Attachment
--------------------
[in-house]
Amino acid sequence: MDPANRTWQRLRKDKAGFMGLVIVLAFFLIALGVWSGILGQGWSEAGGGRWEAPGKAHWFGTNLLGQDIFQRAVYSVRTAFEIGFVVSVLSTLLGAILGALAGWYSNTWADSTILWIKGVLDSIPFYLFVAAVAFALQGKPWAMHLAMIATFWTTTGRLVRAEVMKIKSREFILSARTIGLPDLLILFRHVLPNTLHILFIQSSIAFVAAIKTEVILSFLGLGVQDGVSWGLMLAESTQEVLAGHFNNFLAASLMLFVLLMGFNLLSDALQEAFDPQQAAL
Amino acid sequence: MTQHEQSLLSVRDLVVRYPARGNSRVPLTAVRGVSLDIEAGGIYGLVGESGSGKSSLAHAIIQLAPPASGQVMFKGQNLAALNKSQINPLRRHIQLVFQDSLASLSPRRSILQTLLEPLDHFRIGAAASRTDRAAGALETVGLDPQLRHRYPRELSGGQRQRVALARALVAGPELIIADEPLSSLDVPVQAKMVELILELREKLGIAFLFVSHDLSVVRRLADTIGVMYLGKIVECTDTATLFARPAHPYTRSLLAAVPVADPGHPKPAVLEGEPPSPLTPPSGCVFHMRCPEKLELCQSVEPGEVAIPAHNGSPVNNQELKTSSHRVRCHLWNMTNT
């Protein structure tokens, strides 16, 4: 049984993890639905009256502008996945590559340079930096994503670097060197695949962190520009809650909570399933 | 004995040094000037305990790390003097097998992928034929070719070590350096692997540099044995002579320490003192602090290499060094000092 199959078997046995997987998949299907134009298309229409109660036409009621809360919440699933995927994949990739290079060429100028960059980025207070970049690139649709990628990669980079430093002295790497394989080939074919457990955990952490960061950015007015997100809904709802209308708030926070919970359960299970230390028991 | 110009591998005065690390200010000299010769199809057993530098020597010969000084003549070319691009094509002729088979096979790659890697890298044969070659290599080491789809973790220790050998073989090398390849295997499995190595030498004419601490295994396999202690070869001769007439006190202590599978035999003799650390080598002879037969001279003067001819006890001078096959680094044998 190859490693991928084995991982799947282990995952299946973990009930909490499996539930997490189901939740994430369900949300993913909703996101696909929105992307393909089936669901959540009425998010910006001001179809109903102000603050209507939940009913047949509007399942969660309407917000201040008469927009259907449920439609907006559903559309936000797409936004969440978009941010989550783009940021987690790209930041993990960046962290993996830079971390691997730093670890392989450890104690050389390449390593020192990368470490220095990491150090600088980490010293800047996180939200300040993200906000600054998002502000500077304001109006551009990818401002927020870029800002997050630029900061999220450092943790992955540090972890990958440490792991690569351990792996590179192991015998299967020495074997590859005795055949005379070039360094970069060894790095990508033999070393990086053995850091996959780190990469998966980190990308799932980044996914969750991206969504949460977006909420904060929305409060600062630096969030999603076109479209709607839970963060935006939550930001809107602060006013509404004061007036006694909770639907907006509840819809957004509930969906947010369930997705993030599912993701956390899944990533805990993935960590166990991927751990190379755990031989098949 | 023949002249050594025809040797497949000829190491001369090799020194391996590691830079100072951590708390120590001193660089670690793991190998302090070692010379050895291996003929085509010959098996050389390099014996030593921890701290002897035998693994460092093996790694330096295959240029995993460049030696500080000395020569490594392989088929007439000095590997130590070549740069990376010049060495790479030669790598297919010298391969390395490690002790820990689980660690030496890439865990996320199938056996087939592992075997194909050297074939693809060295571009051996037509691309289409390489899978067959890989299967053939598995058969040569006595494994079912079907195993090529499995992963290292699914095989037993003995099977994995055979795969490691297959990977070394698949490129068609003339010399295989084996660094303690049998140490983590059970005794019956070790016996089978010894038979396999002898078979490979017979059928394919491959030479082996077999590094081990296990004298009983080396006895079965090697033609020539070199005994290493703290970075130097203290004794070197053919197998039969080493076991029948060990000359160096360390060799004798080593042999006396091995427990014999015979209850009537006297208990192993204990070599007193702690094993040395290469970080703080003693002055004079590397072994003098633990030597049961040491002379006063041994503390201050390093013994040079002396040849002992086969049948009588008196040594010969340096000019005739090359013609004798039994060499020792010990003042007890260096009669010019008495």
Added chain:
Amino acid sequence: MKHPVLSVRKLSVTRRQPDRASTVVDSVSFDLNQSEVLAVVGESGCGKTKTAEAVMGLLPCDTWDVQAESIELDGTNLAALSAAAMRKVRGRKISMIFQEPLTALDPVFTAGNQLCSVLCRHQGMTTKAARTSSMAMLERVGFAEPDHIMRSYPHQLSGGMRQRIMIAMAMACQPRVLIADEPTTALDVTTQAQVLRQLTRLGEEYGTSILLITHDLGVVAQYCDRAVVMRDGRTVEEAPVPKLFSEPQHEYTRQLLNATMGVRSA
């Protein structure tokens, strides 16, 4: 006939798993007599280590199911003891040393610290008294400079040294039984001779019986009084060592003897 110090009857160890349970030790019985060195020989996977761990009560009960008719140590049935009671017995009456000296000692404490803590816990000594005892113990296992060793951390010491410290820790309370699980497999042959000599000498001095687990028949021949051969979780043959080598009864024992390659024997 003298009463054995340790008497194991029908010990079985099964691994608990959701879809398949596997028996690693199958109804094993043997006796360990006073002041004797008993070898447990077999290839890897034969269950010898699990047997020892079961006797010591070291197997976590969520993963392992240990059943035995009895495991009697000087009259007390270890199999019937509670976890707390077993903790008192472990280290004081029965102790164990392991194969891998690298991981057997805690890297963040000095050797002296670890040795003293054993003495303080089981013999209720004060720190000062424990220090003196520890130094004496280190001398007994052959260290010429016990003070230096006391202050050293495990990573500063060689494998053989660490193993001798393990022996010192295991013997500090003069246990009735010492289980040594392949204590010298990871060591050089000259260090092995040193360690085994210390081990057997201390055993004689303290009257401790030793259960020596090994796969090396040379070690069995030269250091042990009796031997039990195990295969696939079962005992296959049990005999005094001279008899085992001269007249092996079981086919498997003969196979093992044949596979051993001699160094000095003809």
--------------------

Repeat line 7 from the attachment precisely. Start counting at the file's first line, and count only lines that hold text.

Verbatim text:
């Protein structure tokens, strides 16, 4: 006939798993007599280590199911003891040393610290008294400079040294039984001779019986009084060592003897 110090009857160890349970030790019985060195020989996977761990009560009960008719140590049935009671017995009456000296000692404490803590816990000594005892113990296992060793951390010491410290820790309370699980497999042959000599000498001095687990028949021949051969979780043959080598009864024992390659024997 003298009463054995340790008497194991029908010990079985099964691994608990959701879809398949596997028996690693199958109804094993043997006796360990006073002041004797008993070898447990077999290839890897034969269950010898699990047997020892079961006797010591070291197997976590969520993963392992240990059943035995009895495991009697000087009259007390270890199999019937509670976890707390077993903790008192472990280290004081029965102790164990392991194969891998690298991981057997805690890297963040000095050797002296670890040795003293054993003495303080089981013999209720004060720190000062424990220090003196520890130094004496280190001398007994052959260290010429016990003070230096006391202050050293495990990573500063060689494998053989660490193993001798393990022996010192295991013997500090003069246990009735010492289980040594392949204590010298990871060591050089000259260090092995040193360690085994210390081990057997201390055993004689303290009257401790030793259960020596090994796969090396040379070690069995030269250091042990009796031997039990195990295969696939079962005992296959049990005999005094001279008899085992001269007249092996079981086919498997003969196979093992044949596979051993001699160094000095003809």